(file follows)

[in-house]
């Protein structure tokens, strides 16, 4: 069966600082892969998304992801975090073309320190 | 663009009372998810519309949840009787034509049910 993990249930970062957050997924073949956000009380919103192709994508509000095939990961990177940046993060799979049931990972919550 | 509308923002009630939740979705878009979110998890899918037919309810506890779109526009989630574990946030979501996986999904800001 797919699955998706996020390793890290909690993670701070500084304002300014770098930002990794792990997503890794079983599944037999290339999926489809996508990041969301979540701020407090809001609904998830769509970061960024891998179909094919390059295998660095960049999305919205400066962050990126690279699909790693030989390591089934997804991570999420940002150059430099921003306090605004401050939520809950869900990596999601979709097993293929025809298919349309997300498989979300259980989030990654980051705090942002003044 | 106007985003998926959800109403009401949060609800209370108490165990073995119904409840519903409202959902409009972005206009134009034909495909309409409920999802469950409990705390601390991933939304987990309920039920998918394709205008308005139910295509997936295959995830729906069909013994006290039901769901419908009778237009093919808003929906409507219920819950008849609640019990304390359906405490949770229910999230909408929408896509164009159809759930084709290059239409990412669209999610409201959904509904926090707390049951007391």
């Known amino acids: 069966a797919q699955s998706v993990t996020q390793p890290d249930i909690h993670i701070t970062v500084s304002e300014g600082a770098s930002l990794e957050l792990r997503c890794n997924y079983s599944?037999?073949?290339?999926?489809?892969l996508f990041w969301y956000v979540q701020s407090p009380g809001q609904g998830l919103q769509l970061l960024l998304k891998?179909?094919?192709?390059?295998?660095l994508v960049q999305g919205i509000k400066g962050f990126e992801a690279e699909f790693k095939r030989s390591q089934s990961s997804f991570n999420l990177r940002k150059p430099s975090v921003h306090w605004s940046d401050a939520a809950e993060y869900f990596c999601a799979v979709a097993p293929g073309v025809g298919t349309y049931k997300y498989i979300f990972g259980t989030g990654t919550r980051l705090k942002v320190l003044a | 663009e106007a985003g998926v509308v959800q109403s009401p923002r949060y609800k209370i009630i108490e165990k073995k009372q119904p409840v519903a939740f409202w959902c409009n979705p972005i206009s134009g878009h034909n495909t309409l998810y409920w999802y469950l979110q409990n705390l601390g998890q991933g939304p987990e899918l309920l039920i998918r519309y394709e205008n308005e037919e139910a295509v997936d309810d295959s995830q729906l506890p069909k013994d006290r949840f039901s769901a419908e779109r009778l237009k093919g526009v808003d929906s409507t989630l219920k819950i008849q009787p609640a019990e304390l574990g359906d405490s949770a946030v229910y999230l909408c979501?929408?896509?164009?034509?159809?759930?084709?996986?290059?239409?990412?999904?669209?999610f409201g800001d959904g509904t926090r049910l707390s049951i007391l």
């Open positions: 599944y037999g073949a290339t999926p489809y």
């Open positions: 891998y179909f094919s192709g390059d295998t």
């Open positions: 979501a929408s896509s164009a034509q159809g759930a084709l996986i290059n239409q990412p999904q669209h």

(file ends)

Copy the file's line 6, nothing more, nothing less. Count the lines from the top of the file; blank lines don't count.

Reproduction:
């Open positions: 979501a929408s896509s164009a034509q159809g759930a084709l996986i290059n239409q990412p999904q669209h």